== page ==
Title: Where the Moon Isn’t
Author: Nathan Filer
Publisher: St. Martin’s Press/Macmillan
Pub Date: November 5, 2013
Genre: Adult (Crossover)
Rec. Age Level: 16+
More by author: n/a
Where the Moon Isn’t begins with the recounting of a childhood memory by the 19-year old narrator Matthew. This memory, which may seem, to the reader, odd at best and unimportant at worst, has stayed with Matthew his entire life as a defining moment that set in motion a choice that ended in the death of his older brother, Simon. Now, Matthew is telling his story – and his brother’s story – as he attempts to bring his brother back. Matthew is convinced he’s found a way to do this: by going off the meds that keep his schizophrenia – and his brother – at bay. As Matthew tells his story, the reader struggles to unravel the truth from Matthew’s story, which one can never take completely at face value, as it meanders through past and present, sometimes linear, sometimes repetitively, but always with a steady, persistent goal: finding Simon.
I cannot stress how much important I think this novel is. It deals with a myriad of topics, most notably mental illness, in a raw, honest way that readers won’t soon forget. I was incredibly moved by Where the Moon Isn’t… not just by Matthew and Simon’s story, but by the stories of even the secondary characters. I can’t talk about this book without my heart breaking and my eyes filling with tears because it’s obvious that Filer has first hand experience with the issues he writes about in this book. My mother has spent most of her life working with for Community Mental Health of Michigan, so throughout my life I had the pleasure of meeting some of the most absolutely wonderful people who are saddled with mental and physical deficiencies. Filer gives these individuals a voice with Where the Moon Isn’t. This book is a compelling mystery with engaging psychological elements, but, because of the author’s heart and deft hand, it is also so much more.
While Where the Moon Isn’t is technically adult fiction, it has definite crossover appeal. The main character, Matthew, is only nineteen and much of the novel focuses on his childhood.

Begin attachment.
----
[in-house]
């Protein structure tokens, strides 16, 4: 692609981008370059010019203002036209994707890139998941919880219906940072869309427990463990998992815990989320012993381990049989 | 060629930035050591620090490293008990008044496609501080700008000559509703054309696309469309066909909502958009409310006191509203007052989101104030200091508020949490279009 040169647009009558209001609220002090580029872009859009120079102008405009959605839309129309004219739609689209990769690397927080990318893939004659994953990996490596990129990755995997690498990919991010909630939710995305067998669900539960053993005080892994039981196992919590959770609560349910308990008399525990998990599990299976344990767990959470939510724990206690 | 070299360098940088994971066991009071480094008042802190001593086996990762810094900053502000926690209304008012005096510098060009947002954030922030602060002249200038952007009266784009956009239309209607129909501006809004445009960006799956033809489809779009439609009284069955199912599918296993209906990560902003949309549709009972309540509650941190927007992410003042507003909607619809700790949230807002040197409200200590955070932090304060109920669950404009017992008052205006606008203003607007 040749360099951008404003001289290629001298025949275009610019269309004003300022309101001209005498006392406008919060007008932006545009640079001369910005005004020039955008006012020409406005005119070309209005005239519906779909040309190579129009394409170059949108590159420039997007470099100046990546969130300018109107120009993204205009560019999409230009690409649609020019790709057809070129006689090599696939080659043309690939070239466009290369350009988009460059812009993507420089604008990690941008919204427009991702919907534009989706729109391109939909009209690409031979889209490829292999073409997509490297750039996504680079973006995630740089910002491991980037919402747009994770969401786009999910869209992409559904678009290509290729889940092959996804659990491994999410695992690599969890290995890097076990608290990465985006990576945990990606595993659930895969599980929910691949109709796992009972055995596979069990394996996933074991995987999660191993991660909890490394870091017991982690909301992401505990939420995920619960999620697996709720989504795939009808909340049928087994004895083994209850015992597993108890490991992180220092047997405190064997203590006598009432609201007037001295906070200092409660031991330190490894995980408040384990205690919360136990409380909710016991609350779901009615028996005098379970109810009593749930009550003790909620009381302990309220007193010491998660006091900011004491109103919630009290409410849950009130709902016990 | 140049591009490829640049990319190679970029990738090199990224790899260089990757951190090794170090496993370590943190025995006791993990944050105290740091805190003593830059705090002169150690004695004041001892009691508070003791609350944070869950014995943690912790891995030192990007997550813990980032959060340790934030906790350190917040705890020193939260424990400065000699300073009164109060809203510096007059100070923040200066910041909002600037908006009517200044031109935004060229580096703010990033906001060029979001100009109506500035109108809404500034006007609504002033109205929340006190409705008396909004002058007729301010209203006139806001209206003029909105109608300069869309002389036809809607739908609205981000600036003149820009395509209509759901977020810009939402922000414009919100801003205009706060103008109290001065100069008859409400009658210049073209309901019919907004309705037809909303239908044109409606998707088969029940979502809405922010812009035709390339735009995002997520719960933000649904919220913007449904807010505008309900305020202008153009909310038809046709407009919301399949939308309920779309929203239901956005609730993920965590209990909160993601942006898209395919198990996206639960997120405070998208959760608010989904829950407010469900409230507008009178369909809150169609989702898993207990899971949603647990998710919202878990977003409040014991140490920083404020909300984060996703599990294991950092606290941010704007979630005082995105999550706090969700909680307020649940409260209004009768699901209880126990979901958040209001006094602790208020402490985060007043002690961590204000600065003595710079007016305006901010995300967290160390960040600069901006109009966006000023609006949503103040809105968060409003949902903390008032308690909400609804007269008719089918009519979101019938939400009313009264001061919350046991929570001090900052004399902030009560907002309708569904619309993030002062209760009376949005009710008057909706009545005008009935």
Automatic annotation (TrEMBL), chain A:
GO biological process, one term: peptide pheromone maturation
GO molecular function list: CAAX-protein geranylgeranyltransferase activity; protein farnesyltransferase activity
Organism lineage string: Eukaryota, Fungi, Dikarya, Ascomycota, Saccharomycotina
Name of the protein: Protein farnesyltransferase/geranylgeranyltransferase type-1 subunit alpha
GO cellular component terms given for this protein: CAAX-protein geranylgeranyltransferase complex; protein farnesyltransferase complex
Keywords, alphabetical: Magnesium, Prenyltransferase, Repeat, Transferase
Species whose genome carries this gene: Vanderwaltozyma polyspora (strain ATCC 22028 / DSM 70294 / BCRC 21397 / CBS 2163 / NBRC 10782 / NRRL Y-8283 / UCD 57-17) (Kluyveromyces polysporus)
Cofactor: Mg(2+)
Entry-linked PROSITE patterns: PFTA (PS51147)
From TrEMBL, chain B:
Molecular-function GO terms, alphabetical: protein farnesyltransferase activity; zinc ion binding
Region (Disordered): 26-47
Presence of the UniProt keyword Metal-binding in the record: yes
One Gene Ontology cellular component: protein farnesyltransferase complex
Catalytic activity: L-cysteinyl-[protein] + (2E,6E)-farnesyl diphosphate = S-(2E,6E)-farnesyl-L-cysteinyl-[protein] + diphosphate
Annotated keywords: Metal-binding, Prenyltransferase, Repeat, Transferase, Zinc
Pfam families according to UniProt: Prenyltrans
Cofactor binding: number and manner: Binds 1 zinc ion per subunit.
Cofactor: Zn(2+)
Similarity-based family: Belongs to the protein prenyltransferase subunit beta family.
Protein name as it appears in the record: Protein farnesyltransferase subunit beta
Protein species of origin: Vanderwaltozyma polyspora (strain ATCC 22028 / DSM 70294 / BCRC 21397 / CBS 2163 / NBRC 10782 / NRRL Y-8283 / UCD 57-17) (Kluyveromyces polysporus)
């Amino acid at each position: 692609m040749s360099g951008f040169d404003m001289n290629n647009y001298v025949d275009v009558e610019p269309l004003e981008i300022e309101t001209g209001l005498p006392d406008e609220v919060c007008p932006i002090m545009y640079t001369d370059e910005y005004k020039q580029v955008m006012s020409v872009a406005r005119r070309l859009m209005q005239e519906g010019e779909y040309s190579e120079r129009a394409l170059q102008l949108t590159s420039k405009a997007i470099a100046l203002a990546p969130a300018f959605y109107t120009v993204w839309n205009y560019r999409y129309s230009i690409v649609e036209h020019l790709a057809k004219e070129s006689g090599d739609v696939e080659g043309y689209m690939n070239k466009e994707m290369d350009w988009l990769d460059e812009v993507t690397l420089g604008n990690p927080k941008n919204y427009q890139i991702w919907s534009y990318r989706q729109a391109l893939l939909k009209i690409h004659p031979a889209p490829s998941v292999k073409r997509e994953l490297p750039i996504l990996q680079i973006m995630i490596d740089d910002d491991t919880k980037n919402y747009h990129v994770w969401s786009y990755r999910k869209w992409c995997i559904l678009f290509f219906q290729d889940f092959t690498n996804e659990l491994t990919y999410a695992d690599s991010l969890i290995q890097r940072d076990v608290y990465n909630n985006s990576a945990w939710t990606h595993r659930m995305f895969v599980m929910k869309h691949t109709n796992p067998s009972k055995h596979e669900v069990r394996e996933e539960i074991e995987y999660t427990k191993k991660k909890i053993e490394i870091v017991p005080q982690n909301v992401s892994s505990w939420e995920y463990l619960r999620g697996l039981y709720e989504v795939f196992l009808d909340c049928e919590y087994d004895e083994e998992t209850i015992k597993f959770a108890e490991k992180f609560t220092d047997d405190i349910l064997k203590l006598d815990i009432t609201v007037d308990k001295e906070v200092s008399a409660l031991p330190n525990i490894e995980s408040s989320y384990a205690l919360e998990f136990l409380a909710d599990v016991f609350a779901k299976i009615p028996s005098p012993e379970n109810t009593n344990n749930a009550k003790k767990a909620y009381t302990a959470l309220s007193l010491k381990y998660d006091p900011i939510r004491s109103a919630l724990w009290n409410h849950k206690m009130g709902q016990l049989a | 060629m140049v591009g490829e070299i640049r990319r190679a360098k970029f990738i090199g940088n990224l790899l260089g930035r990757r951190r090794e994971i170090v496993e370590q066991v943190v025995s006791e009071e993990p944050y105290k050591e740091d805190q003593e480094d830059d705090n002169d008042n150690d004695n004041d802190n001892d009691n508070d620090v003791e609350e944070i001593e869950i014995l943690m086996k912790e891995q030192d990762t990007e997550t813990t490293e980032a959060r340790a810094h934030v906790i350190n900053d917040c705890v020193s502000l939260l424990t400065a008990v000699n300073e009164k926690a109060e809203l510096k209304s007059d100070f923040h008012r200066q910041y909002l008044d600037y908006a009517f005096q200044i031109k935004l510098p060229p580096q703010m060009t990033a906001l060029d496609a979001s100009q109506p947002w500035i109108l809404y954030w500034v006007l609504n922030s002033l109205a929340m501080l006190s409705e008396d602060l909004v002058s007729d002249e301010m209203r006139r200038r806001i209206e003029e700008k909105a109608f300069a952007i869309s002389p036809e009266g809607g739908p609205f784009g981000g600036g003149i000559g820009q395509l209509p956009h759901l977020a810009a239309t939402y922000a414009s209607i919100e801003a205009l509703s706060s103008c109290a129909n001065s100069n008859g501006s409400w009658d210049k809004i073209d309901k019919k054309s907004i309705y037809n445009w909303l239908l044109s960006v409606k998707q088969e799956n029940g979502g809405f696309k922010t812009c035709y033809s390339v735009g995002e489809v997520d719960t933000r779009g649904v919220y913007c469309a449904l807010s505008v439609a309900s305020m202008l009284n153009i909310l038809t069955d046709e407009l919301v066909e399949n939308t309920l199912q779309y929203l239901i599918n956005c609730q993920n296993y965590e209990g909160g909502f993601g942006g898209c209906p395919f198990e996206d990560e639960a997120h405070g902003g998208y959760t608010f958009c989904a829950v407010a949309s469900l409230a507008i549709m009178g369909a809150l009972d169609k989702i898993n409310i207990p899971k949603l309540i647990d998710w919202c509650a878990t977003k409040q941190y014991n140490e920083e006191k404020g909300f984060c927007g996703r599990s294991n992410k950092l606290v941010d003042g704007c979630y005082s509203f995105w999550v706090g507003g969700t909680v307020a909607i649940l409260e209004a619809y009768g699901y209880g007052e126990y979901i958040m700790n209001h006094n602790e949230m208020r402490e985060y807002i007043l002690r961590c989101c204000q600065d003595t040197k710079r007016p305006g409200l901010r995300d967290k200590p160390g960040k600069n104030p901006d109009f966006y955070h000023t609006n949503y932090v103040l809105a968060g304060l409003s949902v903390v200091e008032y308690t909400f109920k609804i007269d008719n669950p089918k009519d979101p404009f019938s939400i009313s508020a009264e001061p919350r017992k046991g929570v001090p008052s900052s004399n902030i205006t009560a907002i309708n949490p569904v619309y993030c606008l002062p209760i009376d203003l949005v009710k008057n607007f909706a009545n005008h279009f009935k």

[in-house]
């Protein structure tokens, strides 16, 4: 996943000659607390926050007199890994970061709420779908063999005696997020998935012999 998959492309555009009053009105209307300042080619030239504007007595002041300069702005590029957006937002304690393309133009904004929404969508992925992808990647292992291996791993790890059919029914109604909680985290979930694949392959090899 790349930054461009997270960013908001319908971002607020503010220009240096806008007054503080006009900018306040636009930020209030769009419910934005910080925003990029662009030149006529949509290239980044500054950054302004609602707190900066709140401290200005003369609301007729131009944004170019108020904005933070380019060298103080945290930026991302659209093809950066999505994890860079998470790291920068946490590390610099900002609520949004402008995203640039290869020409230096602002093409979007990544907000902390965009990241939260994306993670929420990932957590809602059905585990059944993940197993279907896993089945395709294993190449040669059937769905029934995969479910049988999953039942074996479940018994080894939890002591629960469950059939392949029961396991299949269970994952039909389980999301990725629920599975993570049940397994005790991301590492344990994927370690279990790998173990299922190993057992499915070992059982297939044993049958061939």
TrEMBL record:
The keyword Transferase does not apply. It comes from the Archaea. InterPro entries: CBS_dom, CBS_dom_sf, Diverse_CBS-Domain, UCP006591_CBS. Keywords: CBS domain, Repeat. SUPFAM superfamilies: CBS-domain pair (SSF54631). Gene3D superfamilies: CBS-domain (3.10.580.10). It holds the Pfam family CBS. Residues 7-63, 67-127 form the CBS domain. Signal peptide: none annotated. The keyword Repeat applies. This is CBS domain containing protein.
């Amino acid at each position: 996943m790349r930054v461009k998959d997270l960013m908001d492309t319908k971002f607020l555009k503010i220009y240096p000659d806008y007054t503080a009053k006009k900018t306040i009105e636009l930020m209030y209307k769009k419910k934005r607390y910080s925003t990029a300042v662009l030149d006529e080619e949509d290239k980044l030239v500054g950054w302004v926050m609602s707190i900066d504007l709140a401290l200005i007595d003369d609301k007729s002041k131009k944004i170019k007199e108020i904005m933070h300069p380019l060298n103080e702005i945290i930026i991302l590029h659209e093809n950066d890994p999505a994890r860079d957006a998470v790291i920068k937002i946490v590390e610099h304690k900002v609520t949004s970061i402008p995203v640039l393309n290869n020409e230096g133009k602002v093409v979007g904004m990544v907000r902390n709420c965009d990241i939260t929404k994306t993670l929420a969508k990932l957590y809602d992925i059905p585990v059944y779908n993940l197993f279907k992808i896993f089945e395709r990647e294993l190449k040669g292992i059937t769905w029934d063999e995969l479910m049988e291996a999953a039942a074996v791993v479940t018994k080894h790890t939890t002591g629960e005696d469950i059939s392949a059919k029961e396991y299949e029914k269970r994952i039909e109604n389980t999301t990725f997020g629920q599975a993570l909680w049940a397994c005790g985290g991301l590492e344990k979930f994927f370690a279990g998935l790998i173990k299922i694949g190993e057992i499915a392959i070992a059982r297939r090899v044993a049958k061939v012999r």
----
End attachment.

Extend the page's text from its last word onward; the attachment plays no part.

“I’ll tell you what happened because it will be a good way to introduce my brother. His name’s Simon. I think you’re going to like him. I really do. But in a couple of pages he’ll be dead. And he was never the same after that.”
“I decided each name on each spine was the person who the book had been written for, rather than who had written it. I decided everyone in the world had a book with their name on, and if I searched hard enough I’d eventually find mine.”
“But there are different versions of truth. If we meet each other in the street, glance away and look back, we might look the same, feel the same, think the same, but the subatomic particles, the smallest parts of us that make every other part, will have rushed away, been replaced at impossible speeds. We will be completely different people. Everything changes all the time.
Here are three truths.”
“What happened next is less clear in my mind because it has merged into so many other memories, been played out in so many other ways that I can’t separate the real from the imagined, or even be sure there is a difference. So I don’t know exactly when she started to cry, or if she was crying already. And I don’t know if she hesitated before throwing the last handful of dirt. But I do know by the time the doll was covered, and the earth patted down, she was bent over, clutching the yellow coat to her chest, and weeping.
When you’re a nine-year-old boy, it’s no easy thing to comfort a girl. Especially if you don’t know her, or even what the matter is.
I gave it my best shot.”
Check out the Youtube video inspired by Where the Moon Isn’t: